Apple and Google may soon have a new app store competitor to deal with. Meta, the maker of Facebook and Instagram, is reportedly working on a way for users in the European Union to directly download apps through a new type of Facebook ad. If successful, the move could potentially shake up the current duopoly of app store marketplace in the region.
Meta, according to The Verge, is planning to start testing the new types of ads in a pilot with a limited number of Android developers as soon as the end 2023. Both Google and Apple currently make it extremely difficult for users to find alternative methods to download apps on mobile devices but Meta reportedly believes all of that could change with the recently passed Digital Markets Act. That new legislation specifically calls on large tech companies to open their so-called open up so-called “walled gardens,” and reel in self-preferencing behavior.
Meta did not immediately respond to Gizmodo’s request for comment.
To sweeten the deal for participating developers, Meta is reportedly saying it won’t take any percentage of in-app revenues from participating apps. That stands in stark contrast to Apple and Google, who’ve caught flack from developers and some regulators for years over their so-called app taxes which can range anywhere between 15 to 30% depending on the size of the developer.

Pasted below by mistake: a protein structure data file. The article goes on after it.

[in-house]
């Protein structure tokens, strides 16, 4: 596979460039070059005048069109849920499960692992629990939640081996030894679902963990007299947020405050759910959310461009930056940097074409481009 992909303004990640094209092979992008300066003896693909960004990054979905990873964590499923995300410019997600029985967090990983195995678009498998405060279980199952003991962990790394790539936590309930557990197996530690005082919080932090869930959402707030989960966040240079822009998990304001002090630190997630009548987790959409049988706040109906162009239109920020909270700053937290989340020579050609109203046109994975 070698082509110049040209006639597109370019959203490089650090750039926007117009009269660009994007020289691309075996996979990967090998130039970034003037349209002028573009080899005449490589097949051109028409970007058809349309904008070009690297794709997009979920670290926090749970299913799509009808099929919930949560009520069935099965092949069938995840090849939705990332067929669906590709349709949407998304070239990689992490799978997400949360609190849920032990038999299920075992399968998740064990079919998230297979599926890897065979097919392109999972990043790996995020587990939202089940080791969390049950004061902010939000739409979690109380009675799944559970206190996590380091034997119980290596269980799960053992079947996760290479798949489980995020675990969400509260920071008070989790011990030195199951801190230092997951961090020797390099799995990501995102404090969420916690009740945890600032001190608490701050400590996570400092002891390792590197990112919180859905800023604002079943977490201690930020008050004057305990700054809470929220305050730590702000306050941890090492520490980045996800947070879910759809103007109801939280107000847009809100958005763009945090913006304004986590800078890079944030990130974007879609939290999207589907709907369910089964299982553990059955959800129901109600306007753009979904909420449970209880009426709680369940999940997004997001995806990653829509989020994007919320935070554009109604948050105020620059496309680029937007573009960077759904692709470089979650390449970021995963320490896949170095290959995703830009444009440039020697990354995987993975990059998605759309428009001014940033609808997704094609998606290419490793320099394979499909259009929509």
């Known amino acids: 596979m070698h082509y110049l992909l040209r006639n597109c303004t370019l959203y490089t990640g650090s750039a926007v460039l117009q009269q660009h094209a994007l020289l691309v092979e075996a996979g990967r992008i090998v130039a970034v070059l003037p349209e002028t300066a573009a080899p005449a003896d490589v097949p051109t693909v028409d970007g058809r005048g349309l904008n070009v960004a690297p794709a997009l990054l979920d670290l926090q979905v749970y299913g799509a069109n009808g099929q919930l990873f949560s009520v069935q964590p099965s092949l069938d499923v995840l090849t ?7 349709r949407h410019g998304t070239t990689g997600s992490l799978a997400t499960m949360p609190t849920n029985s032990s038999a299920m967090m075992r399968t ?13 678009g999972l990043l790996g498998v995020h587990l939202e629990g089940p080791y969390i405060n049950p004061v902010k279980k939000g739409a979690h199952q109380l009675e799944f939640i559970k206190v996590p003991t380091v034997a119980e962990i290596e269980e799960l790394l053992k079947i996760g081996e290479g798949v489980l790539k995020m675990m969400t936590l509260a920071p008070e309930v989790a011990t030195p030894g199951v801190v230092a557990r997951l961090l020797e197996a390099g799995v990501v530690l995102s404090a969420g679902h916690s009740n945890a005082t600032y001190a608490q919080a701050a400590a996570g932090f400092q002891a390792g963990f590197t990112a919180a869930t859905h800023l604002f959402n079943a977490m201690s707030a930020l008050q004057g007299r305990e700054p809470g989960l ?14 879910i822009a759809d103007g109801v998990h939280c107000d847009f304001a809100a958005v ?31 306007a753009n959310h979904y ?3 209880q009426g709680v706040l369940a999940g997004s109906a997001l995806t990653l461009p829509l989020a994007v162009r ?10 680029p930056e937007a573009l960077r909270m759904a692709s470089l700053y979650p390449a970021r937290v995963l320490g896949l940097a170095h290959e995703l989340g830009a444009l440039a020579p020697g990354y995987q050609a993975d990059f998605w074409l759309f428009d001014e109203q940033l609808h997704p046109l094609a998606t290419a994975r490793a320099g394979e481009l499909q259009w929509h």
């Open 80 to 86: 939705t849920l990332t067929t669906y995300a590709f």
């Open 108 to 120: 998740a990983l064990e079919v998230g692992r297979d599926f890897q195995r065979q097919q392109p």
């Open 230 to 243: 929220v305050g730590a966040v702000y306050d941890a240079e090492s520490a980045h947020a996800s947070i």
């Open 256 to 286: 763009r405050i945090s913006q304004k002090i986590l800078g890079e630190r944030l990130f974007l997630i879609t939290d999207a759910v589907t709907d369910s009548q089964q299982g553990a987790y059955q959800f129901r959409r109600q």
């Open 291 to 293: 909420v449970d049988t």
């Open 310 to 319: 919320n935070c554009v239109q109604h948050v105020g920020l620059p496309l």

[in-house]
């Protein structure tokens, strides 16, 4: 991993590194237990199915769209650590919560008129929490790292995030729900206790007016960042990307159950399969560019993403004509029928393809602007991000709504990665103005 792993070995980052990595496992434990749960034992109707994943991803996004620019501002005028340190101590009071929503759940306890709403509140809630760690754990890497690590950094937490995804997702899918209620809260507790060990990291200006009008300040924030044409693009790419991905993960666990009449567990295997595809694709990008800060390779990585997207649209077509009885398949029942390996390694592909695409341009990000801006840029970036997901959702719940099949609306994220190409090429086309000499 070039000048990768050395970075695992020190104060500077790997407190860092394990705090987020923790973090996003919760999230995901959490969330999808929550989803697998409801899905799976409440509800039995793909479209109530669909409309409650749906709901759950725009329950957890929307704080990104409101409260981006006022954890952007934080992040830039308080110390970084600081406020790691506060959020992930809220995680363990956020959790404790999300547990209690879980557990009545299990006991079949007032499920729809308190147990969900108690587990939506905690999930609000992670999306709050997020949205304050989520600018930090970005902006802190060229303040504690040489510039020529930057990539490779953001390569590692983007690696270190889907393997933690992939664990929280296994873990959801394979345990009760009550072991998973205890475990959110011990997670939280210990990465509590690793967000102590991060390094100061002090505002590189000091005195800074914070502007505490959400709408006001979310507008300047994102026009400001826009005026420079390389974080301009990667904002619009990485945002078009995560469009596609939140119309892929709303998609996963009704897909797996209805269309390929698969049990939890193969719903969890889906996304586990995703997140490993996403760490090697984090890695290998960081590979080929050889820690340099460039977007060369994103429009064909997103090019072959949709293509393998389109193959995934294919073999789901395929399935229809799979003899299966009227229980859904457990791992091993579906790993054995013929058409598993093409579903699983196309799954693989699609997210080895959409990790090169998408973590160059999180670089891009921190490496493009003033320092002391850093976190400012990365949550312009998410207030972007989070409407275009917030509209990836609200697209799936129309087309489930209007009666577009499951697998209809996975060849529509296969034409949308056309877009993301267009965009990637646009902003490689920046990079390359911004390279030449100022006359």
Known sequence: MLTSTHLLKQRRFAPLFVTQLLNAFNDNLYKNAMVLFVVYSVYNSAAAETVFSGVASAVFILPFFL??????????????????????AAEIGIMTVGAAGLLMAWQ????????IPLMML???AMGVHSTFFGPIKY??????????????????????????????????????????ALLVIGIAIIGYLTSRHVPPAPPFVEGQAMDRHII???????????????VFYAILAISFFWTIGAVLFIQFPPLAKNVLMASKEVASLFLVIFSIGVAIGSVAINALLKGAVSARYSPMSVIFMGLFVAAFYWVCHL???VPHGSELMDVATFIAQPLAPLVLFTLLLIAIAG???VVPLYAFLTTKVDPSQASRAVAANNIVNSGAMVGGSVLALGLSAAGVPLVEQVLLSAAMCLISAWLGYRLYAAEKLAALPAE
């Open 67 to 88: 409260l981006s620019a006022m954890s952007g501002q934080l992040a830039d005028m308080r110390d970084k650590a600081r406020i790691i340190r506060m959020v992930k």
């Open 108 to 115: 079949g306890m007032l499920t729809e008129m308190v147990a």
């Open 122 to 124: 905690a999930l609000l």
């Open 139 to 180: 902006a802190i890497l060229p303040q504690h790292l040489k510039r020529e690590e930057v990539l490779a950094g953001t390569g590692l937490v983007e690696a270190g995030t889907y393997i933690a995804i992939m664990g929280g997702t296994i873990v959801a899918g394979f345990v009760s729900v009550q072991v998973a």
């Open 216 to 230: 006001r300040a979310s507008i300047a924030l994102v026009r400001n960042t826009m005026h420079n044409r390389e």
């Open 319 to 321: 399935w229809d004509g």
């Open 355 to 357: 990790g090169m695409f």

Meta CEO Mark Zuckerberg hasn’t shied away from criticizing the current state of app stores in the past. Last year, during an interview at The New York Times DealBook Summit, Zuckerberg took a jab at Apple’s app store practices in particular, which he referred to as “problematic.”
“I do think Apple has sort of singled themselves out as the only company that is trying to control like unilaterally what apps get on a device, and I don’t think that’s a sustainable or good place to be,” Zuckerberg reportedly said. “I do think it is problematic for one company to be able to control what kind of app experiences get on the device.”
Apple did not immediately respond to our request for comment.